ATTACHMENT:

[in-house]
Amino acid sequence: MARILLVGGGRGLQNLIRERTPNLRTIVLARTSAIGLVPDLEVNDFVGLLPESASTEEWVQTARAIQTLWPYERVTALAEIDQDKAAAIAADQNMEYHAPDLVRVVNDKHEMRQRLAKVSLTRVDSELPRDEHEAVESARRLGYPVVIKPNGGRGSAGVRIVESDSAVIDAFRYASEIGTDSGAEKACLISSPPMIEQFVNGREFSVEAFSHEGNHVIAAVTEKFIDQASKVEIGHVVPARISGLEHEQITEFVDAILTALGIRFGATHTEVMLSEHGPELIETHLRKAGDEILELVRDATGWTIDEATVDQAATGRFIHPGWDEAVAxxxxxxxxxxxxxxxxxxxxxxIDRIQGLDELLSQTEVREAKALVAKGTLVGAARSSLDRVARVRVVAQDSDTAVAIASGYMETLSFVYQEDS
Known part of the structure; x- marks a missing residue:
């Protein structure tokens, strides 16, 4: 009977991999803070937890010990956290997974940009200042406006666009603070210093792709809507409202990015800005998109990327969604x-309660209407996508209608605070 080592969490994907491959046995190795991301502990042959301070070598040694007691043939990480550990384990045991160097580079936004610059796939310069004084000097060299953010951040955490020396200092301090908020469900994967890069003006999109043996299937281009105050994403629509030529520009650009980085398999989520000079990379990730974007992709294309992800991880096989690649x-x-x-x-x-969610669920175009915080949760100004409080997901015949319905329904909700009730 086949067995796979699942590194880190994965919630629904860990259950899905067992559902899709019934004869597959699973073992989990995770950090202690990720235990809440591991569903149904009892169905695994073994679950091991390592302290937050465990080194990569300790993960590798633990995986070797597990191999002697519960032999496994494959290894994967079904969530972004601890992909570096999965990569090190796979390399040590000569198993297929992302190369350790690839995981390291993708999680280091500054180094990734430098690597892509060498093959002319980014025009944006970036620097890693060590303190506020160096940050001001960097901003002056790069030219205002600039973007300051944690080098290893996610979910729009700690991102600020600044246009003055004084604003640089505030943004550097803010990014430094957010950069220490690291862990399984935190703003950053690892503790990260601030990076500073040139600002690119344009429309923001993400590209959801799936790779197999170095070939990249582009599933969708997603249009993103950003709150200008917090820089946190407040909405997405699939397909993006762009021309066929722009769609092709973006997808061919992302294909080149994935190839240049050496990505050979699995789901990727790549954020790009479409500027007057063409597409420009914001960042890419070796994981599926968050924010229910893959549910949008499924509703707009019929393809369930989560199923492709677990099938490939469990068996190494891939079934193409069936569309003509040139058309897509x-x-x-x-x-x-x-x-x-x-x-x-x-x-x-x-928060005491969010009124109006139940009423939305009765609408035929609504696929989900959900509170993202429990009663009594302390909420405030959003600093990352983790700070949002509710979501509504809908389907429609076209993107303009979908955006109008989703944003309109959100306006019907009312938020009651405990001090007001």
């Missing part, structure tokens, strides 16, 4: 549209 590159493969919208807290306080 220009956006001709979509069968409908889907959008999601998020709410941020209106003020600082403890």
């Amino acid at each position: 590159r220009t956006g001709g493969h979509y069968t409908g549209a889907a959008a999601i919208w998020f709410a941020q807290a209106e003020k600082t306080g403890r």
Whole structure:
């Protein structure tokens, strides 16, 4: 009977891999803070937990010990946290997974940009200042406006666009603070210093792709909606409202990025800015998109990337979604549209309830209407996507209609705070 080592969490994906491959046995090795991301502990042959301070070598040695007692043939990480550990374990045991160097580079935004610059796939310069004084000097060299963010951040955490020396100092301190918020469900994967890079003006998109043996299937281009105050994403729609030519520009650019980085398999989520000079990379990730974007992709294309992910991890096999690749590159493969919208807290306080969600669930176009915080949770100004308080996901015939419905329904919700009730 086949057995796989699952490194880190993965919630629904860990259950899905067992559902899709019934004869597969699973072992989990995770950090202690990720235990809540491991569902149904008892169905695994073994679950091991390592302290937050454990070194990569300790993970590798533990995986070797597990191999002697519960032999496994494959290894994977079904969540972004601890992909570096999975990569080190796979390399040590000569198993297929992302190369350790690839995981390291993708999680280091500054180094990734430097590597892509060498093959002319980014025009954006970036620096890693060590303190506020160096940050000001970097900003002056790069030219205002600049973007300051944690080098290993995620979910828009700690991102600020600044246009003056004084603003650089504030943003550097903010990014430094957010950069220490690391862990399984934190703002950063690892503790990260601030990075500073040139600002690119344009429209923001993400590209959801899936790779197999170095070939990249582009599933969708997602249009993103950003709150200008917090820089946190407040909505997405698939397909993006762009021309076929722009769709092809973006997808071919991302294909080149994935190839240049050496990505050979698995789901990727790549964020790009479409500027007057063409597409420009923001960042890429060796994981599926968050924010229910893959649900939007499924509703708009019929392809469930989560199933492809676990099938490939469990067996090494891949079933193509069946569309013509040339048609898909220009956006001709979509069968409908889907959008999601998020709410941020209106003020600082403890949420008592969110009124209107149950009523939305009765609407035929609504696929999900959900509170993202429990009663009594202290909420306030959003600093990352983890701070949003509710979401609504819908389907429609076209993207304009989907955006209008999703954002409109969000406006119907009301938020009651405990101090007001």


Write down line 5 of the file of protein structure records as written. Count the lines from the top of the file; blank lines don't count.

């Missing part, structure tokens, strides 16, 4: 549209 590159493969919208807290306080 220009956006001709979509069968409908889907959008999601998020709410941020209106003020600082403890």